First Instance of Blockchain Discovered in New York Times Circa 1995
Mysterious Bitcoin creator Satoshi Nakamoto is also credited with creating the distributed ledger technology known as blockchain that underpins Bitcoin and most other cryptocurrencies on the market. However, the first instance of blockchain has been discovered in the pages of the New York Times, predating Nakamoto’s creation by 13 years.
The Blockchain Before Bitcoin
Blockchain is defined as a growing list of permanent records, called blocks, which contain a cryptographic hash of the previous block, transaction data, and a timestamp. The technology was designed to be permanently verifiable and impossible to alter, creating a trustless system for things like financial transactions.
Blockchain is viewed by many industries as a way to improve data security and transparency, all while reducing operating costs.
Due to the great potential blockchain offers, the technology is now being considered to track transactions beyond payments. Supply chain management, or device-to-device communication across the Internet of Things (IoT) are just two examples of common use cases being considered.
Blockchain’s biggest benefit for businesses is around its chronological chain of hashed data it records. It’s this method of timestamping data that early cryptographers Stuart Haber and Scott Stornetta first invented in 1991, reports Motherboard. However, Haber and Stornetta at the time saw the tech as a way to timestamp digital documents to prove authenticity.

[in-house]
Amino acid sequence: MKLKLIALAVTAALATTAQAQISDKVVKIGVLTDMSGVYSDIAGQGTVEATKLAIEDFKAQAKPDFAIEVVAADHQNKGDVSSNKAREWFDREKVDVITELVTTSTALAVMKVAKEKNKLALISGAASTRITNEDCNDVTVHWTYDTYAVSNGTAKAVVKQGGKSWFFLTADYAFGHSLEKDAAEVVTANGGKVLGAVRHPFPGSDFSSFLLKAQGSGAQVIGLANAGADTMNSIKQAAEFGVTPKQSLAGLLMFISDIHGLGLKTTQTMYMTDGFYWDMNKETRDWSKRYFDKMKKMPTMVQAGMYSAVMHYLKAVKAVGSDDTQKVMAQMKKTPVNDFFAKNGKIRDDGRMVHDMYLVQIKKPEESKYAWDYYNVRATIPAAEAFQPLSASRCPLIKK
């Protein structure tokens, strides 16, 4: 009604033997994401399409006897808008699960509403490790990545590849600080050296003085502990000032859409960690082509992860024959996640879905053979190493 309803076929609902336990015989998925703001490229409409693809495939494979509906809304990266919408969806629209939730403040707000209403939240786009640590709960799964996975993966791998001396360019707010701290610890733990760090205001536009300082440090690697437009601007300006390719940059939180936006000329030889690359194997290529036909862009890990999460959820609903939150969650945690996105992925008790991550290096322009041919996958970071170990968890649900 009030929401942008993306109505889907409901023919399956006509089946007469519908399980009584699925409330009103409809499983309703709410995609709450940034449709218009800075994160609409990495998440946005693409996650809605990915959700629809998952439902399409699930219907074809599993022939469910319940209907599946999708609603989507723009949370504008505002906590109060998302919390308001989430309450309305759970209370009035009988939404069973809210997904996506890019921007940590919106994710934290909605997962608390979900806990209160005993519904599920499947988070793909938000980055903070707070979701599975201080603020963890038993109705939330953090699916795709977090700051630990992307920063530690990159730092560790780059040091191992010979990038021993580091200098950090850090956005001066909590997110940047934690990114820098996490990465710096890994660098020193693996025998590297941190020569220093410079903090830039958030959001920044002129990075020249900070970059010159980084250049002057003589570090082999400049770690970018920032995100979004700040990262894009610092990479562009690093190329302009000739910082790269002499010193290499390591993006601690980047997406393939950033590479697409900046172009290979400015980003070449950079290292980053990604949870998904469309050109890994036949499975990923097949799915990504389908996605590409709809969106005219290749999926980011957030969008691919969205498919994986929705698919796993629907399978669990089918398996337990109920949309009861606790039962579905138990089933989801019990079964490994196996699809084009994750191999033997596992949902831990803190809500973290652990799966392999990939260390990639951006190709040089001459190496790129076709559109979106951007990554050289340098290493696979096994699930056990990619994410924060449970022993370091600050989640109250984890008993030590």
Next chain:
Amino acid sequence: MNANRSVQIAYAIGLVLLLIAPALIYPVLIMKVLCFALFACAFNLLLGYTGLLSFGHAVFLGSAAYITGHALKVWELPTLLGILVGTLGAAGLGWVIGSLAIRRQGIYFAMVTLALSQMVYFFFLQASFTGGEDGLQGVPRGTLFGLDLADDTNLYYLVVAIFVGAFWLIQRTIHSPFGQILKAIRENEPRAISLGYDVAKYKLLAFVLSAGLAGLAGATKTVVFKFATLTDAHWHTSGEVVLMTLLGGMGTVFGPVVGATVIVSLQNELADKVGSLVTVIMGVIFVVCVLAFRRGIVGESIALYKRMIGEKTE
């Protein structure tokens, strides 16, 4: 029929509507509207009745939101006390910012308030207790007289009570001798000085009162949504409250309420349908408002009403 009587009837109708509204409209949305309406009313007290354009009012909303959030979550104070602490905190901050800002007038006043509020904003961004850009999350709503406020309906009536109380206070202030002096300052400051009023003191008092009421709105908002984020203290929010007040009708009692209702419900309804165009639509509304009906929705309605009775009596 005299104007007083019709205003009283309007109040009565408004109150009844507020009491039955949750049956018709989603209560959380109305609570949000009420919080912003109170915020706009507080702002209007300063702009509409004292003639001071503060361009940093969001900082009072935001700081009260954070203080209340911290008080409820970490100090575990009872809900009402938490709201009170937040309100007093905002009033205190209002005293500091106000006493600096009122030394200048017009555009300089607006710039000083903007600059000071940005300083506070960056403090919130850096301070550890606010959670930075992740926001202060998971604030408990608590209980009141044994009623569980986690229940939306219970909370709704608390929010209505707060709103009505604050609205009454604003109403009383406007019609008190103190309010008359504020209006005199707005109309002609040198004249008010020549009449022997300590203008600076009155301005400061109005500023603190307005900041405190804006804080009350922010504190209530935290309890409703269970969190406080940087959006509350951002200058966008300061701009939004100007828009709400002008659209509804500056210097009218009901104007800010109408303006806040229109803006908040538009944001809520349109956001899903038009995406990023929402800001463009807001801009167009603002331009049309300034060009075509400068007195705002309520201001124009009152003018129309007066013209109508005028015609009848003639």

In the physical world, timestamping and verification is a lot easier. There are notaries to verify documents, and even something as simple as sealing an envelope can potentially prove a document arrived without any alteration. For digital documents, however, its far more difficult to verify data hasn’t been altered in some way.
The two developers set out to solve the need for digital document verification. They knew data would have to be timestamped to ensure any changes to a document would be noticeable, and they understood that same timestamp needed to be impossible to change to ensure authenticity.
Together, Haber and Stornetta landed on using a cryptographic hashing algorithm to generate a unique ID for each document. The ID would change each time the document was altered. The duo eventually launched their own timestamping service called Surety.
Surety’s main product AbsoluteProof serves as the best example of blockchain before Bitcoin. AbsoluteProof was designed to be a cryptographically generated seal for digital documents. The software is used to generate a cryptographic hash of a digital document that is later sent to Surety to create a timestamp seal. The seal acts as the unique ID verifying authenticity.
A copy of the seal is then sent to what Surety called a “universal registry database” composed of hashed customer seals, creating an immutable ledger of all of Surety’s customers seals ever created. The design makes it impossible for anyone outside of Surety to alter the seal.
The way Bitcoin’s blockchain and Surety’s AbsoluteProof differ is that Bitcoin’s blockchain is decentralized, adding a layer of trustlessness to the technology first invented by Haber and Stornetta.
As further “absolute” proof of Surety’s verification process, the company would publish newly added hash values each week to the New York Times in a small ad in the classified section. It’s that record published in the New York Times, dating back as far as 1995, that serves as the first-ever instance of blockchain technology, and would inspire Bitcoin creator Satoshi Nakamoto to create Bitcoin in the wake of the 2008 global financial crisis.
In Bitcoin’s whitepaper, Nakamoto actually referenced three separate papers written by Haber and Stornetta out of eight papers cited in the text. It’s clear Nakamoto used Surety’s AbsoluteProof system as inspiration for Bitcoin’s blockchain, perfecting what Haber and Stornetta originally set out to accomplish.
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